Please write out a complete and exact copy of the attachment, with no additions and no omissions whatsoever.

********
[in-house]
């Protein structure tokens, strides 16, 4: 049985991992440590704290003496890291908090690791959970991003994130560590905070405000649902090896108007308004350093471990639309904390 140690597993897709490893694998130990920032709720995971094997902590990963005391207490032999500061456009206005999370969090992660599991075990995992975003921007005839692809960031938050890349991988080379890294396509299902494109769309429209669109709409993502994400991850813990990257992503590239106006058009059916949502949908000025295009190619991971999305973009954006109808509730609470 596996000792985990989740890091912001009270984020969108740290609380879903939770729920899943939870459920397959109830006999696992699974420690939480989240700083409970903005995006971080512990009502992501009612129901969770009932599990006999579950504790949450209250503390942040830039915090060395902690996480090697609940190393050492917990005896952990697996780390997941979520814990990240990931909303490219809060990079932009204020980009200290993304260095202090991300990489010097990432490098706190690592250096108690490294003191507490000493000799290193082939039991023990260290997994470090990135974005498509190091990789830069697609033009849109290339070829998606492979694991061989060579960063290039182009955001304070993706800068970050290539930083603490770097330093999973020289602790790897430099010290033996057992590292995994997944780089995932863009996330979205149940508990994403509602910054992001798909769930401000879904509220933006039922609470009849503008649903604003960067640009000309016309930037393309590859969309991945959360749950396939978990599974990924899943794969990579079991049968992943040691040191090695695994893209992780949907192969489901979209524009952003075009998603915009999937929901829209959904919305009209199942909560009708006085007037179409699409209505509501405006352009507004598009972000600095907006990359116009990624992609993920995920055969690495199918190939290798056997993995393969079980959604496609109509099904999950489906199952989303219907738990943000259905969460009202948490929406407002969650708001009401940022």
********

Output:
[in-house]
């Protein structure tokens, strides 16, 4: 049985991992440590704290003496890291908090690791959970991003994130560590905070405000649902090896108007308004350093471990639309904390 140690597993897709490893694998130990920032709720995971094997902590990963005391207490032999500061456009206005999370969090992660599991075990995992975003921007005839692809960031938050890349991988080379890294396509299902494109769309429209669109709409993502994400991850813990990257992503590239106006058009059916949502949908000025295009190619991971999305973009954006109808509730609470 596996000792985990989740890091912001009270984020969108740290609380879903939770729920899943939870459920397959109830006999696992699974420690939480989240700083409970903005995006971080512990009502992501009612129901969770009932599990006999579950504790949450209250503390942040830039915090060395902690996480090697609940190393050492917990005896952990697996780390997941979520814990990240990931909303490219809060990079932009204020980009200290993304260095202090991300990489010097990432490098706190690592250096108690490294003191507490000493000799290193082939039991023990260290997994470090990135974005498509190091990789830069697609033009849109290339070829998606492979694991061989060579960063290039182009955001304070993706800068970050290539930083603490770097330093999973020289602790790897430099010290033996057992590292995994997944780089995932863009996330979205149940508990994403509602910054992001798909769930401000879904509220933006039922609470009849503008649903604003960067640009000309016309930037393309590859969309991945959360749950396939978990599974990924899943794969990579079991049968992943040691040191090695695994893209992780949907192969489901979209524009952003075009998603915009999937929901829209959904919305009209199942909560009708006085007037179409699409209505509501405006352009507004598009972000600095907006990359116009990624992609993920995920055969690495199918190939290798056997993995393969079980959604496609109509099904999950489906199952989303219907738990943000259905969460009202948490929406407002969650708001009401940022």